CMS Deputy Administrator and CMO Patrick Conway, MD will leave the agency after six years to head up Blue Cross and Blue Shield of North Carolina. Conway, who is also head of the Center for Medicare and Medicaid Innovation, will take over from retiring Brad Wilson on October 1. Conway’s decision follows the similar path of former National Coordinator Vindell Washington, MD who joined Blue Cross and Blue Shield of Louisiana in June as CMO.
Announcements and Implementations
EClinicalWorks announces that over 2 million documents have been exchanged by its EHR via the Carequality Interoperability Framework over the last year. The company was one of the 13 founding adopters of the framework, which became available in late 2015.
Elsevier and the AMA will develop e-learning course content for the CPT code set.
OneTouch EMR adds Kno2’s Direct messaging capabilities to help its ambulatory end users more easily share data with other providers.
Center for Life Management, a New Hampshire-based behavioral health services provider, replaces its 10 year-old document management system with OpenText’s document capture and retention management solution.
DoctorsManagement promotes Gene Good to CEO. Former CEO Paul King will remain president and chairman of the board.
InstaMed adds Karen Atwood, Bill Frist, MD (Cressey & Co.), Cynthia Nustad (HMS), Larry Stone, and Lew Trowbridge to its Board of Directors and Advisory Board.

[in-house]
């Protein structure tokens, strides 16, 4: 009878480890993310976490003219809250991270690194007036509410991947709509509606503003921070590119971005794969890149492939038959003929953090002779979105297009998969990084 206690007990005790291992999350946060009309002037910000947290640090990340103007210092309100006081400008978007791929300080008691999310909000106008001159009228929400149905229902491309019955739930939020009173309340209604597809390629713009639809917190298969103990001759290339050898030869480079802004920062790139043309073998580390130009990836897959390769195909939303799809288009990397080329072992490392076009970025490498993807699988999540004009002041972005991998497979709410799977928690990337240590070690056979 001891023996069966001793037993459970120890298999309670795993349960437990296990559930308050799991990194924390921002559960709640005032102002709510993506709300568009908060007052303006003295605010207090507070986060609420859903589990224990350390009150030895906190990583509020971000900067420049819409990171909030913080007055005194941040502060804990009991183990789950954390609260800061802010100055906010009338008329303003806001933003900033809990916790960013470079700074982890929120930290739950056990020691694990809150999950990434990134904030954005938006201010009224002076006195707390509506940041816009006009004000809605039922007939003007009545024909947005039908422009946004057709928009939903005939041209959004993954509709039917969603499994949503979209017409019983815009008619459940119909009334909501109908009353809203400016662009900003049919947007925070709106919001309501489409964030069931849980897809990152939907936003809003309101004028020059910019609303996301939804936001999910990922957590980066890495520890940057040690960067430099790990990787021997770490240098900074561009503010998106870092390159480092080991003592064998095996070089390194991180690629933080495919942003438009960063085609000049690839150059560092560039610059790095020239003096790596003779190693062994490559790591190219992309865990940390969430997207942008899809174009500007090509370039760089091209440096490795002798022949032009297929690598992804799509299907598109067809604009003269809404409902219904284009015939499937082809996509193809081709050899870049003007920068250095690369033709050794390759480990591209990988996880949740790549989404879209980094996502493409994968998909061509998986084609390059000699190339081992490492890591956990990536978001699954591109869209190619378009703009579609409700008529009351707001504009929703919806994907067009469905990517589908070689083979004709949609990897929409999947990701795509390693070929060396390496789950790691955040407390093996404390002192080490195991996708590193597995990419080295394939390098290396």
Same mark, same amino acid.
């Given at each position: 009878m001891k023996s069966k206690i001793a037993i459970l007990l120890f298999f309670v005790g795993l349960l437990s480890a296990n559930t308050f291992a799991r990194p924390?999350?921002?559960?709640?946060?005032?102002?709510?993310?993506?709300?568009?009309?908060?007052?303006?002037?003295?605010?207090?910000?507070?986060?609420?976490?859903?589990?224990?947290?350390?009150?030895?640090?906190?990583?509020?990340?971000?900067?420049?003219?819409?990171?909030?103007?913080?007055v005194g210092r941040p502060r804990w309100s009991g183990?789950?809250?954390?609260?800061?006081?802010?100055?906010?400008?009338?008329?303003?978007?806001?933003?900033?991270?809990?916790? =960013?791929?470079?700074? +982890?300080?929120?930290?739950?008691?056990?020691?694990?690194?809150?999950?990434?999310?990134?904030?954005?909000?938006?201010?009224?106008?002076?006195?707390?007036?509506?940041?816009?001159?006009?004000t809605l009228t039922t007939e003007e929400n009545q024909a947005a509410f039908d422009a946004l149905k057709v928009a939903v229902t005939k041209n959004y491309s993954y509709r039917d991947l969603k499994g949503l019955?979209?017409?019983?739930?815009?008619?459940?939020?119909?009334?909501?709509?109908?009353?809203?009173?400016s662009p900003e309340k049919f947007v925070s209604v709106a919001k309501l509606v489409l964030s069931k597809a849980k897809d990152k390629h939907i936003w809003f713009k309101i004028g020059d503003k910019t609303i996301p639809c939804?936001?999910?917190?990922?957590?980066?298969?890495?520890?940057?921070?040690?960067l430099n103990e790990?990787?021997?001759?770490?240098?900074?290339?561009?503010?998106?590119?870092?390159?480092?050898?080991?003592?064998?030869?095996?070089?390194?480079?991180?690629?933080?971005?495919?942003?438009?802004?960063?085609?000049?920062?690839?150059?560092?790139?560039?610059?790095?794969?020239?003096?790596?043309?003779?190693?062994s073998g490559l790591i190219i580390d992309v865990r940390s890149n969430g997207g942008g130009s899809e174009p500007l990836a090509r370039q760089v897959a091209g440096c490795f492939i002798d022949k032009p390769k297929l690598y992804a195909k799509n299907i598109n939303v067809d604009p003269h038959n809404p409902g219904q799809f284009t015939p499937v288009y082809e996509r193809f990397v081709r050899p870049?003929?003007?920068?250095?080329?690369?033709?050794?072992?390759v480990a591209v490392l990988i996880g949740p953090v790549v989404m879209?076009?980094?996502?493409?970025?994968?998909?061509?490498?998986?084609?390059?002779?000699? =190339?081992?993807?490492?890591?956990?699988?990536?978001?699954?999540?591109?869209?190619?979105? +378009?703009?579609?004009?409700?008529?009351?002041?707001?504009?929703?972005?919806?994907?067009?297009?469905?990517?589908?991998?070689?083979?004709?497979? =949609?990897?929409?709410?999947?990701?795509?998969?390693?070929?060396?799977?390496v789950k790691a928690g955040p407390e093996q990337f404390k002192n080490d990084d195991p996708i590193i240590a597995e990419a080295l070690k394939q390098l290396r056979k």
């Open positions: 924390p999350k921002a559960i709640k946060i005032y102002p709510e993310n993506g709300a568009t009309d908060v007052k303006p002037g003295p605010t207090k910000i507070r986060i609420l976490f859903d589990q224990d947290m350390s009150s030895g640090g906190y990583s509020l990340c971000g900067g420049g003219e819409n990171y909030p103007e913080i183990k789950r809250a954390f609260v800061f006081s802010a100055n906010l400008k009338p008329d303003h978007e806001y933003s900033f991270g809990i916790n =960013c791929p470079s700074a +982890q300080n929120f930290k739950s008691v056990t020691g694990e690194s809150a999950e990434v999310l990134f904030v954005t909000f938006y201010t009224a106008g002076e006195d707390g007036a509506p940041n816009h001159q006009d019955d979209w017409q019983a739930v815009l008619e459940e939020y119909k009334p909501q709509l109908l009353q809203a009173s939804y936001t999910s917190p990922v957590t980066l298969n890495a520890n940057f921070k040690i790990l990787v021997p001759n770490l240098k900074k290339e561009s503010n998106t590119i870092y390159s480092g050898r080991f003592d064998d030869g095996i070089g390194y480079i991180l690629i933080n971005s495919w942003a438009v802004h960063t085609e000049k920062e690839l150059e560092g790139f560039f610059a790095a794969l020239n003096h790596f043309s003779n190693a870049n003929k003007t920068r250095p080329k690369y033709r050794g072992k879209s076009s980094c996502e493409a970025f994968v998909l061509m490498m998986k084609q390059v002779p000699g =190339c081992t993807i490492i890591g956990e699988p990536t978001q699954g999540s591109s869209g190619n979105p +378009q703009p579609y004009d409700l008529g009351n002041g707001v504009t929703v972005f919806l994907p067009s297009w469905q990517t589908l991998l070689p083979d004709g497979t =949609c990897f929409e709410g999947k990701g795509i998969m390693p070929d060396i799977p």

Mobile dermatology clinic and telemedicine company WellAve expands in Maryland with the opening of a new practice in Annapolis. The company brings its mobile clinics to local employers, senior living facilities, and other providers.
Research and Innovation
A study in Health Affairs highlights the increasing levels of job dissatisfaction experienced by FQHC employees. Researchers surveyed 564 physicians, nurses, and staff at 296 centers – all of which were pursuing medical home designations – over a two-year period. Respondents noted declining satisfaction with job satisfaction, work environment, and practice culture, which analysts attribute to rapid adoption of technology and the intense workloads that come with participating in federal programs. “Things appear to have gotten worse over a short period of time at clinics that serve many of the nation’s poorest and sickest patients, and we’re not sure why,” says the Mark Friedberg, MD the study’s lead author. “This merits more attention.”
The Medical Society of Delaware will work with Clearwater, FL-based healthcare blockchain startup Medscient to develop distributed ledger technology for prior authorizations. The organizations will work with technology developed by Symbiont, Delaware’s Blockchain Initiative partner, which will incorporate rules agreed on by caregivers and payers that hopefully speed up the prior authorization process.